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Save and Soar tuition plan to replace Eagle Express this fall

Save and Soar tuition plan to replace Eagle Express this fall

Save and Soar tuition plan to replace Eagle Express this fall
March 21
01:14 2019

Student Financial Services is proposing a new fixed-rate tuition plan to replace the Eagle Express plan for fall 2019 incoming freshmen and transfer students in response to community feedback and critical evaluation.

The Save and Soar plan will still allow students to maintain the same tuition rate over four consecutive years and offers discounts on summer and winter semester courses, as well as a 40 percent discount on summer housing to help students graduate faster.

“The university wanted to establish a plan that encouraged students to enroll continuously,” said Joey Saxon, the associate vice president of Division of Finance and Administration. There’s a hundred dollar discount in board-designated tuition per hour for our summer and winter session if the student was enrolled 15 hours the previous semester.”

The new plan is similar to the Eagle Express Plan in that students pay a slightly higher tuition rate upfront, but the tuition will never increase. The plans differ, however, in that there is no reimbursement incentive upon graduation and students are eligible for the Save and Soar plan with any number of transfer hours.

“It was difficult to explain the benefit of the Eagle Express program, particularly when involving the incentive at the end,” Saxon said. “Students made assumptions on their qualifications for that incentive and it was difficult to explain because there were just so many variations of students coming in with transfer hours, and many high school students now have many more dual credit hours than what students had three or four years ago.”

Incoming journalism freshman Grace Davis said they are looking into tuition and the Save and Soar plan has piqued their interest.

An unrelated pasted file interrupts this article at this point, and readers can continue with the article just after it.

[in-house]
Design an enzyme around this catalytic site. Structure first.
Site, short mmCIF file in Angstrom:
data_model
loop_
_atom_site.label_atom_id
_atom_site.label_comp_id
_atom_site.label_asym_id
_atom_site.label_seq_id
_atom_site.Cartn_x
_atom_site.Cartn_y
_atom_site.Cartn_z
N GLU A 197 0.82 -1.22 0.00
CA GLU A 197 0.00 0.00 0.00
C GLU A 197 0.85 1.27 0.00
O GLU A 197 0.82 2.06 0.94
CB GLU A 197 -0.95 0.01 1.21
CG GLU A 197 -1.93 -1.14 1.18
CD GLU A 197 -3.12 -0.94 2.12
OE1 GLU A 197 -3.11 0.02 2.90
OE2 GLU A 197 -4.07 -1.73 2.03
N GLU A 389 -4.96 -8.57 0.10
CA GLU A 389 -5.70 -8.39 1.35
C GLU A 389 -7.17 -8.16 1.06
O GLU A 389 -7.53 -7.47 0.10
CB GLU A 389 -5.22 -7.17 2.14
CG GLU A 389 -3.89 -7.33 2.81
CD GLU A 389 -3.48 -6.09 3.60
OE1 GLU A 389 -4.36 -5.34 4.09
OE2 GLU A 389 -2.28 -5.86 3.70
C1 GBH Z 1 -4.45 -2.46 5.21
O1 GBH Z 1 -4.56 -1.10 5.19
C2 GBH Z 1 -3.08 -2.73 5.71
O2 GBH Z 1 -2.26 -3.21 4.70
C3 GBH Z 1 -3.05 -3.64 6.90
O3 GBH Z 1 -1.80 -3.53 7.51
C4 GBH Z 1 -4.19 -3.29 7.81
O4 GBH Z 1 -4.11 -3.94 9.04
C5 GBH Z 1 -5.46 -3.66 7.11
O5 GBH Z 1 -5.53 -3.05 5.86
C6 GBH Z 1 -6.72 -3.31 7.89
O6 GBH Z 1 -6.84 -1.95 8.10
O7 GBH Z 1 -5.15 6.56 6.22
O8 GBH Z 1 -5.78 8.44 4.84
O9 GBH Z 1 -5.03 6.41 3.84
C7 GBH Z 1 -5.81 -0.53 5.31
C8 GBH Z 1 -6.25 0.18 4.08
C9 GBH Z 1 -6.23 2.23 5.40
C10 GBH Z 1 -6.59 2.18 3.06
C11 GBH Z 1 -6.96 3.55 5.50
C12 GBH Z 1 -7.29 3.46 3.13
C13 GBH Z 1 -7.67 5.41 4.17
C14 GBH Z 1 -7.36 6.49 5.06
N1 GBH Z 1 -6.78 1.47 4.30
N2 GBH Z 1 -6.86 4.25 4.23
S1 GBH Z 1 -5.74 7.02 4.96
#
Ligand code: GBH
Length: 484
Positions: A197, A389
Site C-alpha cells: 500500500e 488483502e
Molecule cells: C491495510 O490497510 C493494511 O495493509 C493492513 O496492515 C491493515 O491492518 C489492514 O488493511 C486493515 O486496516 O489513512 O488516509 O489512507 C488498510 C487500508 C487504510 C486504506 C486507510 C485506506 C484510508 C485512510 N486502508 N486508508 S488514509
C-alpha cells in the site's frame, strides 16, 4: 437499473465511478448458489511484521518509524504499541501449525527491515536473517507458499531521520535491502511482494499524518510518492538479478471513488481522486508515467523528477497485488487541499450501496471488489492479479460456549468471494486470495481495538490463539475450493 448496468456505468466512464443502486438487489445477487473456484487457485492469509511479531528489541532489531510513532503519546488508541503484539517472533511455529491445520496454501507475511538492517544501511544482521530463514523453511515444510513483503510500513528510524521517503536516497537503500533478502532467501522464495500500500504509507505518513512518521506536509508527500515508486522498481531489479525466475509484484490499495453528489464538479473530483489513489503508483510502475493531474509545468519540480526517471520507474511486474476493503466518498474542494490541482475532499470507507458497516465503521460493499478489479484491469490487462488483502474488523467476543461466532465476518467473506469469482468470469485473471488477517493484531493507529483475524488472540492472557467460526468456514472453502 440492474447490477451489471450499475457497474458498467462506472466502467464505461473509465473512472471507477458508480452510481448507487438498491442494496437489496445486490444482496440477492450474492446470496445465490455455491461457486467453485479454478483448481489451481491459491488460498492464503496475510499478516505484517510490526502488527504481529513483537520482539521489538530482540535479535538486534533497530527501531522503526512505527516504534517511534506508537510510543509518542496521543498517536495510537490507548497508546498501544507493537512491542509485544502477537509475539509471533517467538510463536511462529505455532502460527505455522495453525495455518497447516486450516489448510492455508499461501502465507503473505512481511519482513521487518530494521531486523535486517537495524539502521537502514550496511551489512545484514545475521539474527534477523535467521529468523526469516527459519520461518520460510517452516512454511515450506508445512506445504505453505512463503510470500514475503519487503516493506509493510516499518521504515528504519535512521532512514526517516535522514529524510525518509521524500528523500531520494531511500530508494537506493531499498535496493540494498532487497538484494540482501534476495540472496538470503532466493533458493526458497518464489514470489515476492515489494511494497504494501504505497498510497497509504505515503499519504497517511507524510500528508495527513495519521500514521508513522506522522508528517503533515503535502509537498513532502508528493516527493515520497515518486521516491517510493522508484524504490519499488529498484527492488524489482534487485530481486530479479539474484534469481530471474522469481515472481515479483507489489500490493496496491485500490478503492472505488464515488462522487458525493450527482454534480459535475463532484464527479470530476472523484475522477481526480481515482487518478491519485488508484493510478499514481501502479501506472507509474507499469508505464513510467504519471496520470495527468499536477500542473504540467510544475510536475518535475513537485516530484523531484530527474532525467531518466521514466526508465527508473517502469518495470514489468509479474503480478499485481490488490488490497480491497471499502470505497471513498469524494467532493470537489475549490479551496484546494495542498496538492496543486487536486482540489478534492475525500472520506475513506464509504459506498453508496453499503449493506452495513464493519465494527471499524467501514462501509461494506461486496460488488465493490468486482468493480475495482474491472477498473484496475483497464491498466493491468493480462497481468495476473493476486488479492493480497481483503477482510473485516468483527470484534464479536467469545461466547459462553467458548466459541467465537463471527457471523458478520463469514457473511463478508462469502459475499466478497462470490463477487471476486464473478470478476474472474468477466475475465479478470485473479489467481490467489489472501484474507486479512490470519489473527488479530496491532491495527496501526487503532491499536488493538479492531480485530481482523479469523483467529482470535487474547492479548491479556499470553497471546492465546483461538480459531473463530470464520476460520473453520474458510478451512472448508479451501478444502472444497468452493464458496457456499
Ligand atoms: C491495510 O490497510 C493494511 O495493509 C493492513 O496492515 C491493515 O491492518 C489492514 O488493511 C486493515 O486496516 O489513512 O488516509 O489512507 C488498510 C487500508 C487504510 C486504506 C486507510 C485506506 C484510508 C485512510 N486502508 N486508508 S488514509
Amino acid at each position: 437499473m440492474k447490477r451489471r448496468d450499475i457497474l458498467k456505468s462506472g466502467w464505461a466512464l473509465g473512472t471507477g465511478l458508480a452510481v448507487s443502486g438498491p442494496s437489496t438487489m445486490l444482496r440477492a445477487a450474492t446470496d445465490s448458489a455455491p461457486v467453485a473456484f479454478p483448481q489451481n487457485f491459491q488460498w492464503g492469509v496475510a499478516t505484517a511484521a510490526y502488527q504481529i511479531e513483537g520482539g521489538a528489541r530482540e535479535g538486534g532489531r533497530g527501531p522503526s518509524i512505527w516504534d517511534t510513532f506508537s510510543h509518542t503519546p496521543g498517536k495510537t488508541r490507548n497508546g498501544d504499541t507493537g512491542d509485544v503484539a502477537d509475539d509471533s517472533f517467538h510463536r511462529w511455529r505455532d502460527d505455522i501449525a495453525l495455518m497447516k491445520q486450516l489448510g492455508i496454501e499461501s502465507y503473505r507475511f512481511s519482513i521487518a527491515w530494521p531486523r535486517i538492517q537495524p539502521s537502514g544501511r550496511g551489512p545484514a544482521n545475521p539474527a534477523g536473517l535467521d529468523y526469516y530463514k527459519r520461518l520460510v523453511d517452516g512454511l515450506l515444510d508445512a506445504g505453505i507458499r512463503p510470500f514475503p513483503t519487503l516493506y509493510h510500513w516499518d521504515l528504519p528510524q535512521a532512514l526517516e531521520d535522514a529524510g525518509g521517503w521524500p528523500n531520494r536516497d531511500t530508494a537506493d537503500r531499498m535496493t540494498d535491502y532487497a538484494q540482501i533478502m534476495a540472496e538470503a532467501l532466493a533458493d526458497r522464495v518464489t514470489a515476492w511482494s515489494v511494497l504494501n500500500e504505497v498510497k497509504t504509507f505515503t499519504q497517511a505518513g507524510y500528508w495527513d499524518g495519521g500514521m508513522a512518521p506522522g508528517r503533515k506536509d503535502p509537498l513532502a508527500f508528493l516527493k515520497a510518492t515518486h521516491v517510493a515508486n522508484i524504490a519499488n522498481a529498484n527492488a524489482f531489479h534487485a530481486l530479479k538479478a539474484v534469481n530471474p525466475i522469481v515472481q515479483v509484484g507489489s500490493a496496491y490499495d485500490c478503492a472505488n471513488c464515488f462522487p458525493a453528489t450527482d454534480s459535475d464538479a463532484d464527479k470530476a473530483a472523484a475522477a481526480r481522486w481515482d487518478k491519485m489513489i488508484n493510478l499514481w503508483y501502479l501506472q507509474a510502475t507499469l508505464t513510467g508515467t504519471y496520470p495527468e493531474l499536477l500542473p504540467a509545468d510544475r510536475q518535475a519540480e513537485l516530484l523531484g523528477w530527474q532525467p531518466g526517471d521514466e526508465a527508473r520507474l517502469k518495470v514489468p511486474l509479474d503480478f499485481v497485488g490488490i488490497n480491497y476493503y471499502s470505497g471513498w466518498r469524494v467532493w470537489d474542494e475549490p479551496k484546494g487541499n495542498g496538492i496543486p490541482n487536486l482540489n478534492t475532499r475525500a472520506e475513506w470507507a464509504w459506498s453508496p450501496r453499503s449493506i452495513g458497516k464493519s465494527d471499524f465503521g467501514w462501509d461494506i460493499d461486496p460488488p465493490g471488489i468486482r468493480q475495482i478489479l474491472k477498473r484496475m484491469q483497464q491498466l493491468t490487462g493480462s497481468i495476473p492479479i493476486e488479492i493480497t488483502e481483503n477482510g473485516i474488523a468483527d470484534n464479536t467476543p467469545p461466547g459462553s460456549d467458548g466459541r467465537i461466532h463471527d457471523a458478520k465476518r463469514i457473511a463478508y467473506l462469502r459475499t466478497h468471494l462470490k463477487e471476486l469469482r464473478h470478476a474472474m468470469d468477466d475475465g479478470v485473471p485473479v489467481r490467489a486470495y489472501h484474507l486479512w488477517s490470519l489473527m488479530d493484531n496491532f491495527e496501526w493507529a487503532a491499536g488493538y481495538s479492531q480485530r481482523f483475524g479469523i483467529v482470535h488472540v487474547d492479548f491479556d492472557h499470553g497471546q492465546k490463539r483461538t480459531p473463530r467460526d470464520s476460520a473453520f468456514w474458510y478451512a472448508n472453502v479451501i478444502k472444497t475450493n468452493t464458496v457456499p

“I think a set tuition would be really good for me,” Davis said. “Originally, my grandparents were saying they were going to help us pay for college but now they aren’t and figuring out how to pay is kind of overwhelming.”

With dual credit hours from high school and the extra hours she intends to take during summer, Davis said she is unsure if she would utilize the plan’s discounts to graduate earlier.

“I should have 21 [credit hours] by the time I finish high school and I’m hopefully going to be taking a [statistics] class over the summer through Austin Community College,” Davis said. “The only thing about the Save and Soar plan is I don’t think I’m likely to stay at UNT during the summer to take classes. My family does a lot during the summers together.”

While the Save and Soar plan is not available for already-enrolled students — who will remain on the Eagle Express plan — computer science senior Gary Kau said he thinks the Eagle Express plan should still be available to new students.

As someone on Eagle Express, the tuition rebate is pretty awesome,” Kau said. “The only incentive seems to be cheaper summer and winter sessions. What if you don’t need to take those? I think UNT should have both plans as they seem to be very different.”

Incoming students can select the Save and Soar when their first tuition and fee bill is calculated before the fee payment deadline. Students who do not select the Save and Soar plan will automatically be enrolled in the traditional tuition plan.

“If [students] want to have a guarantee of what board-designated tuition and differential tuition is going to be so they’re not making assumptions about what increases will be in the future, they should choose the plan,” Saxon said. “They can save quite a bit of money their first year by attending summer school and knocking out two or three classes.”

Featured Image: The new Save and Soar plan will replace the current Eagle Express program. Ayron Walker.

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Brooke Colombo

Brooke Colombo

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